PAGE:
Jan 7, 2016 | By Alec

If you’ve been around the 3D printing block a few times, you’ll have doubtlessly noticed that the materials you choose have a tremendous impact on the final quality and functional of the print. Harder is not always better; in fact the opposite is often true. In that mindset, 3D printing service provider Sculpteo has just added a brand new material to their range of SLS 3D printing services: the very flexible plastic TPU, which they say is perfect for several top of the line sectors relying on 3D printing technology, such as the medical world and even the fashion industry, as it’s an excellent option for 3D printed wearables.

Sculpteo, of course, is a well-known 3D printing service provider based in Paris who offer high quality services to 3D designers and other professional users. SLS 3D printing is their technology of choice, and regularly work in nylon. However, by adding this exclusive TPU powder to their range they are suddenly capable of a lot more. As they explain on their website, this powder has been especially engineered for use in SLS 3D printing and has a hardness level of 65A (on the Shore Hardness scale), making it very flexible and even capable of producing complex mechanical properties.

It’s also fairly easy in use, and 3D printed in a similar fashion to other SLS-ready plastics. “As it’s a powder based processed, TPU 3D printing doesn’t require support structure during the building process. The powder itself works as a support. That gives mechanical engineers and designers a lot of freedom in their creation and the ability to create interlocking and moving parts,” the French experts proudly say. Though not very useful for large flat surfaces, it can be used for a wide range of complex geometries as its very thin sections (minimum thinkness being 1.2 mm) are very flexible, while thick sections are quite hard.

The French specialists are very pleased with the results already. “This new type of material puts 3D printing at the same level as traditional production methods by – finally – making it possible to create soft, flexible objects that are truly functional rather than simply prototypes,” says CEO Clément Moreau. “We are enthusiastic about the first applications conceived by our clients using this completely new material. From medical applications to the world of textiles, we are committed to working alongside the industry leaders of today and tomorrow.”

What’s more, it has already been very successfully taken into operation, with several results already being showcased at CES in Las Vegas. Among them are several high quality surgical models, such as the heart visible above – developed in collaboration with Doctor Jean-François Paul from the Institut Montsouris Paris, to ensure it mimics all the properties of an actual heart. These projects, they say, prove that 3D printed TPU is perfect for making exact surgical replicas that can be used to prep for complex operations. “The flexibility and strength of TPU make it possible to recreate human organs to provide surgeons with a realistic teaching material on which to train before carrying out surgical procedures,” the French experts say.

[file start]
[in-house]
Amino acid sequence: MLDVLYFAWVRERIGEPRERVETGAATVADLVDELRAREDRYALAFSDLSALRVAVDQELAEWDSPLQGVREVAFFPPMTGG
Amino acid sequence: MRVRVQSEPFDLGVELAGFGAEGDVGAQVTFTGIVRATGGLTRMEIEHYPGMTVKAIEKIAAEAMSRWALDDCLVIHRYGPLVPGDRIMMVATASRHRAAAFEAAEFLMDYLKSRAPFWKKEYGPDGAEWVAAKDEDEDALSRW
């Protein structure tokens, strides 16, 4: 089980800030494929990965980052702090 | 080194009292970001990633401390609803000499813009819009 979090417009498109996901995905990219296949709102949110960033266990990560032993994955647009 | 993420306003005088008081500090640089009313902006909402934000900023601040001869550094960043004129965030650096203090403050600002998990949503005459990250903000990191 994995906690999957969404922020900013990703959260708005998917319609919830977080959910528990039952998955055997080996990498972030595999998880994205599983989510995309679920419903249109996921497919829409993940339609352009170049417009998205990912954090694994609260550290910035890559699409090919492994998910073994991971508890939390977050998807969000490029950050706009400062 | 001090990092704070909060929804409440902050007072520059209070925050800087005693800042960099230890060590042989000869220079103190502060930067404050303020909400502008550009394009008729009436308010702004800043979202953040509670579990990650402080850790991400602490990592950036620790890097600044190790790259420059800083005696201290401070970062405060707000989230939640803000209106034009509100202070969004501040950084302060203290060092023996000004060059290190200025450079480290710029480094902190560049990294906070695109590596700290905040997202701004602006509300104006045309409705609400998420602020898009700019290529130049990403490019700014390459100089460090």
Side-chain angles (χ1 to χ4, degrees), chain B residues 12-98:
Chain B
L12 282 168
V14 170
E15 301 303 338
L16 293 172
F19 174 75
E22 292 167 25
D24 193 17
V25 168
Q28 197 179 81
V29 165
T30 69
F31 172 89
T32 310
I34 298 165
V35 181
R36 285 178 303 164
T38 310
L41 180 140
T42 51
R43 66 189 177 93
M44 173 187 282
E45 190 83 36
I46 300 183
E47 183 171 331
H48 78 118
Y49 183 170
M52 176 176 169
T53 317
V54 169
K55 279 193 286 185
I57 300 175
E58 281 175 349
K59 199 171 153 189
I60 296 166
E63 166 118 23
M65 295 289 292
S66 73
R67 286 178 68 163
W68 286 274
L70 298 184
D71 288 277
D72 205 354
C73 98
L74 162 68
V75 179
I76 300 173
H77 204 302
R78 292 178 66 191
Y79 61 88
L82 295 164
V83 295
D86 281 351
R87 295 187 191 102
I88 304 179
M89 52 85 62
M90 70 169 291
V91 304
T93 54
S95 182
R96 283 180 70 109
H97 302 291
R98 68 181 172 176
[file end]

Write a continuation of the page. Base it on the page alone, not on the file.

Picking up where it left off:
But perhaps even more impressive is their work with upcoming fashion designer and ESMOD graduate Anastasia Ruiz, who extensively used TPU plastic material to develop her ‘Virus’ collection – featuring a gorgeous dress covered in patterns inspired by virus cells seen through a microscope. As she explains, she is very fascinated by state of the art technologies, and found a perfect material in TPU due to its lightweight, flexible nature and the ability to 3D print very complex shapes with it – which you would need when recreating virus cells in 3D.

While we’ve seen 3D printed fashion pieces before, including dresses, that often means letting go of all traditional materials and manufacturing processes. Ruiz, however, saw much more added value in using 3D printing as an additional manufacturing option, alongside traditional fabrics and assembly processes – something that makes her dresses far more wearable and comfortable than others we’ve seen. In fact, the Virus collection contains 3D printed polyamide parts too. “The specific mechanical properties of these two different materials require that we create the mesh in two very different and unique ways. For the mesh 3D printed in Polyamide our attention was mainly on the joints, we focused on this section using that material for the purpose of creating articulated mesh. Whereas the mesh 3D printed in TPU needed to provide structure which enhances the flexibility of the material,” the French 3D printing experts explain.

The skirt from this collection, meanwhile, was largely made in TPU – in part to showcase just how flexible the material is. “To make the most of this flexible 3D printing material Anastasia decided to design a bubble skirt. Anastasia’s pattern allowed us to 3D model the cells on two levels to create a visual effect,” they add. Not only is it very beautiful, it’s also good to see 3D printed fashion that actually looks wearable. If you’d like to see these gorgeous outfits in real life, be sure to check out the Sculpteo stand at CES in Las Vegas.

 

 

Posted in 3D Printing Service

 

 

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